GE and Siemens are two conglomerates, which operate roughly in the same markets but in different time zones – about four years apart.
CEO Joe Kaeser became head of the German engineering giant on August 1, 2013, after his predecessor had to issue several profit warnings. Exactly four years later John Flannery replaced Jeffrey Immelt on August 1, 2017, as GE’s boss after investors were dissatisfied with business and stock developments.
Soon after Mr. Kaeser, Siemens’ former finance head, took the reins he launched a series of divestments and acquisitions that is morphing the 170-year-old firm more and more into a holding company rather than a conglomerate. That dealmaking includes an initial public offer of the company’s medical scanners and laboratory equipment division, Healthineers, which could list on the Frankfurt stock exchange by April and be worth as much €40 billion ($50 billion). It would follow the same route as other Siemens’ spin-offs, for instance wind turbine maker Siemens Gamesa, and the planned merger of Siemens Mobility with French peer Alstom.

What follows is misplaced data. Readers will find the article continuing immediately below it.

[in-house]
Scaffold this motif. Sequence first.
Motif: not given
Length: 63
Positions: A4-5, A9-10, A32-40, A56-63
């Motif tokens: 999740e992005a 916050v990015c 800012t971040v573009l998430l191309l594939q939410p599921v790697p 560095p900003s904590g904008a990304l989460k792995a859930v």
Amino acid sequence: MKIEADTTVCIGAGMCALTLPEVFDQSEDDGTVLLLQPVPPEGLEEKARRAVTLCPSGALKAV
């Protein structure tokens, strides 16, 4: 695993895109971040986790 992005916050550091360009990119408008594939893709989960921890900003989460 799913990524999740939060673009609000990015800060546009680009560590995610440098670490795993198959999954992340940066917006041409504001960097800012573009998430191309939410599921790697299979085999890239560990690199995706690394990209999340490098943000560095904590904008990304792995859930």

When Mr. Flannery took over from Mr. Immelt, he immediately said he would scrutinize GE’s portfolio, which includes the production of healthcare equipment, airplane engines, lightbulbs and hydro generators. In November, during an investor update, he said GE would make a “strategic review” of almost all its major businesses. Effectively, Mr. Flannery said he might break up the group and follow in Siemens’ footsteps.